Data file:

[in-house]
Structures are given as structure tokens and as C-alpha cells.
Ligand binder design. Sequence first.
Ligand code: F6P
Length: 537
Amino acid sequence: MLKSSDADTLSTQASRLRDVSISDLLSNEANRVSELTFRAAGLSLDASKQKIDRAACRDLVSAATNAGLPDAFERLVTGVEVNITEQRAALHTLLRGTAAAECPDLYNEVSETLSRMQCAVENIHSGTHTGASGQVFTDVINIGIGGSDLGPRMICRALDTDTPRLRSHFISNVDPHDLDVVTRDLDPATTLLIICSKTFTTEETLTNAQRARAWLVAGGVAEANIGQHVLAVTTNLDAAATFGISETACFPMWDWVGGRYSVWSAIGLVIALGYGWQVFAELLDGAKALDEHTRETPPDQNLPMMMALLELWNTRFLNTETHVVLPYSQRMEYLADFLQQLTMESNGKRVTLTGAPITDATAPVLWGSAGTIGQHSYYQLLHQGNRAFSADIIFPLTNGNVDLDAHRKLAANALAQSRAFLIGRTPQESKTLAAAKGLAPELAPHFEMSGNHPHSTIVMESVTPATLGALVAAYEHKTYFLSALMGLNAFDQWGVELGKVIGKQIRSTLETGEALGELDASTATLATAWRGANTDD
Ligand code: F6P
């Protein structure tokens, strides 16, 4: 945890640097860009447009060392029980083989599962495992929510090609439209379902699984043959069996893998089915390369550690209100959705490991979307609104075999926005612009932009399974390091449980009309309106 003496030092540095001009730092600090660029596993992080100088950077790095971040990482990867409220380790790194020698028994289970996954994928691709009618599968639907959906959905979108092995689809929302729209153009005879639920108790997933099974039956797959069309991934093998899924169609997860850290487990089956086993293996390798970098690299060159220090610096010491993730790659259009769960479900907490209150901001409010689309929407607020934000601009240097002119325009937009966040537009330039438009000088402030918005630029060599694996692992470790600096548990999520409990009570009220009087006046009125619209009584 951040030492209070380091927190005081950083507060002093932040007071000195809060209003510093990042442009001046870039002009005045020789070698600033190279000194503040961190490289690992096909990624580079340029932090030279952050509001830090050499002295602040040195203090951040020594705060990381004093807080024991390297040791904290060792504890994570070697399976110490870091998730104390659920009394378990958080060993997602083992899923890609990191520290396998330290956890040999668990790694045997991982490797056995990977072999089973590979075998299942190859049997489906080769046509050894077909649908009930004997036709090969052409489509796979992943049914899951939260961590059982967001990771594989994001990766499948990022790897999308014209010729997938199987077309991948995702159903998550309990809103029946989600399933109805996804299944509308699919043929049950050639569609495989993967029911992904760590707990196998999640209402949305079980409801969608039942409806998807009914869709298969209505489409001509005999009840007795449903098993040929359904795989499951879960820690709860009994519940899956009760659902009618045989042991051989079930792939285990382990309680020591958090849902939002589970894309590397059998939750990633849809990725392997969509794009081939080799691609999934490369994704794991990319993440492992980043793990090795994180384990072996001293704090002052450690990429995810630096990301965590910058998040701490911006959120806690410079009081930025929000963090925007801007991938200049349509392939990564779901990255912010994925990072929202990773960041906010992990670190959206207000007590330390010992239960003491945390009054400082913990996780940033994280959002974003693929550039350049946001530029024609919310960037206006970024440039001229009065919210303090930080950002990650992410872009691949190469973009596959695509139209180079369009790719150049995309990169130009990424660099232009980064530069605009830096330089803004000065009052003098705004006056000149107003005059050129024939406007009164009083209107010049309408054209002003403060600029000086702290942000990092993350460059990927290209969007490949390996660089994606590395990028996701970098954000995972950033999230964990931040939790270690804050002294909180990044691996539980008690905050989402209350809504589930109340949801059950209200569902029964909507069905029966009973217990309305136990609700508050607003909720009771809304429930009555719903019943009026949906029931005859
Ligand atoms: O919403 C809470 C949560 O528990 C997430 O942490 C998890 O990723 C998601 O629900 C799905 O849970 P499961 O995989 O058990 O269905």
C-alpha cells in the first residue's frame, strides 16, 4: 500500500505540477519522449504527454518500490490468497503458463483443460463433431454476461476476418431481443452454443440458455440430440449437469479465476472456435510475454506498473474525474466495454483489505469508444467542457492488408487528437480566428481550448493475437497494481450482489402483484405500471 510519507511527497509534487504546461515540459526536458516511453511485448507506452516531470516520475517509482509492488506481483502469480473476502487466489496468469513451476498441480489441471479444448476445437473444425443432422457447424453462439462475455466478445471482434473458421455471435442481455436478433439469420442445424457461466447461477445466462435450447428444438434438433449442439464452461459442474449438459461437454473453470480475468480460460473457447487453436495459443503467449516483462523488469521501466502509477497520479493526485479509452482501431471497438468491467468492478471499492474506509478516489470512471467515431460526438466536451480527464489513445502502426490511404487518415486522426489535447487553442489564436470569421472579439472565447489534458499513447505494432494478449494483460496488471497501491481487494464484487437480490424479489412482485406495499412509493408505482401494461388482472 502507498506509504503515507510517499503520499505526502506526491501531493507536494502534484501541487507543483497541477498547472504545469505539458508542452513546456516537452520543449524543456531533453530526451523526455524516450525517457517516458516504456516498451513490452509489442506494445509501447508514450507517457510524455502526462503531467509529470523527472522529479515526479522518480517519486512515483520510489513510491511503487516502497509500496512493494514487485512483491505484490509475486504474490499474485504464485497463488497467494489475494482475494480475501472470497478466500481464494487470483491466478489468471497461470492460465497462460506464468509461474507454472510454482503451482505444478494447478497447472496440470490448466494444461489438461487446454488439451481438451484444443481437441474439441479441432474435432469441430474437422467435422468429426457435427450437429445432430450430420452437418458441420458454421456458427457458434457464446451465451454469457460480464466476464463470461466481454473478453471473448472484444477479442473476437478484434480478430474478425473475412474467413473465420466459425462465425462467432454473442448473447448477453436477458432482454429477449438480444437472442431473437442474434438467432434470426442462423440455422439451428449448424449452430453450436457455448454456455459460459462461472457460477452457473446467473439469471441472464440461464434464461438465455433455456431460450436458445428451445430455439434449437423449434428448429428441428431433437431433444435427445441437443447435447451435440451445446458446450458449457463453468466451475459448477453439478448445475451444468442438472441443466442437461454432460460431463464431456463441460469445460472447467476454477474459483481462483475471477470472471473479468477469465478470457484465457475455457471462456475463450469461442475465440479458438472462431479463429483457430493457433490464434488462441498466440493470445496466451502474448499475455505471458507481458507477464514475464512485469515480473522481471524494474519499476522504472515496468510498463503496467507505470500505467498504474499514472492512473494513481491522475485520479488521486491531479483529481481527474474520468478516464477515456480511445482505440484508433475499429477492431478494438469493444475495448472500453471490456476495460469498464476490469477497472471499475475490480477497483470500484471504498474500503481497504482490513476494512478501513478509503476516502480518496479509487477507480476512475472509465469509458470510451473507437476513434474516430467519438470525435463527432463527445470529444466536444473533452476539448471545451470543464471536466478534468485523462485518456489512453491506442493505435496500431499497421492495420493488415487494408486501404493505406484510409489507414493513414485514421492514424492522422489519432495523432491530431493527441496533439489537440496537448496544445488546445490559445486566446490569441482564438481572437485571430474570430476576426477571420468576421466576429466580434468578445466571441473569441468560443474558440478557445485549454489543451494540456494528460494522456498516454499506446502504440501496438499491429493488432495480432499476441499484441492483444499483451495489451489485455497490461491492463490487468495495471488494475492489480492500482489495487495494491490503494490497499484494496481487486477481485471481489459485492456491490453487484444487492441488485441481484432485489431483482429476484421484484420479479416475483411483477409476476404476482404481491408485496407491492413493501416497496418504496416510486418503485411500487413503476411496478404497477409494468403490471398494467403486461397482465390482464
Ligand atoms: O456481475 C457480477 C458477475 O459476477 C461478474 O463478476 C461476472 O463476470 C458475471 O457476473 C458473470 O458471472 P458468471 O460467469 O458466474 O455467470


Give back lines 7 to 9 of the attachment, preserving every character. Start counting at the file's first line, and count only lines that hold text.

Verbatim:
Ligand code: F6P
């Protein structure tokens, strides 16, 4: 945890640097860009447009060392029980083989599962495992929510090609439209379902699984043959069996893998089915390369550690209100959705490991979307609104075999926005612009932009399974390091449980009309309106 003496030092540095001009730092600090660029596993992080100088950077790095971040990482990867409220380790790194020698028994289970996954994928691709009618599968639907959906959905979108092995689809929302729209153009005879639920108790997933099974039956797959069309991934093998899924169609997860850290487990089956086993293996390798970098690299060159220090610096010491993730790659259009769960479900907490209150901001409010689309929407607020934000601009240097002119325009937009966040537009330039438009000088402030918005630029060599694996692992470790600096548990999520409990009570009220009087006046009125619209009584 951040030492209070380091927190005081950083507060002093932040007071000195809060209003510093990042442009001046870039002009005045020789070698600033190279000194503040961190490289690992096909990624580079340029932090030279952050509001830090050499002295602040040195203090951040020594705060990381004093807080024991390297040791904290060792504890994570070697399976110490870091998730104390659920009394378990958080060993997602083992899923890609990191520290396998330290956890040999668990790694045997991982490797056995990977072999089973590979075998299942190859049997489906080769046509050894077909649908009930004997036709090969052409489509796979992943049914899951939260961590059982967001990771594989994001990766499948990022790897999308014209010729997938199987077309991948995702159903998550309990809103029946989600399933109805996804299944509308699919043929049950050639569609495989993967029911992904760590707990196998999640209402949305079980409801969608039942409806998807009914869709298969209505489409001509005999009840007795449903098993040929359904795989499951879960820690709860009994519940899956009760659902009618045989042991051989079930792939285990382990309680020591958090849902939002589970894309590397059998939750990633849809990725392997969509794009081939080799691609999934490369994704794991990319993440492992980043793990090795994180384990072996001293704090002052450690990429995810630096990301965590910058998040701490911006959120806690410079009081930025929000963090925007801007991938200049349509392939990564779901990255912010994925990072929202990773960041906010992990670190959206207000007590330390010992239960003491945390009054400082913990996780940033994280959002974003693929550039350049946001530029024609919310960037206006970024440039001229009065919210303090930080950002990650992410872009691949190469973009596959695509139209180079369009790719150049995309990169130009990424660099232009980064530069605009830096330089803004000065009052003098705004006056000149107003005059050129024939406007009164009083209107010049309408054209002003403060600029000086702290942000990092993350460059990927290209969007490949390996660089994606590395990028996701970098954000995972950033999230964990931040939790270690804050002294909180990044691996539980008690905050989402209350809504589930109340949801059950209200569902029964909507069905029966009973217990309305136990609700508050607003909720009771809304429930009555719903019943009026949906029931005859
Ligand atoms: O919403 C809470 C949560 O528990 C997430 O942490 C998890 O990723 C998601 O629900 C799905 O849970 P499961 O995989 O058990 O269905």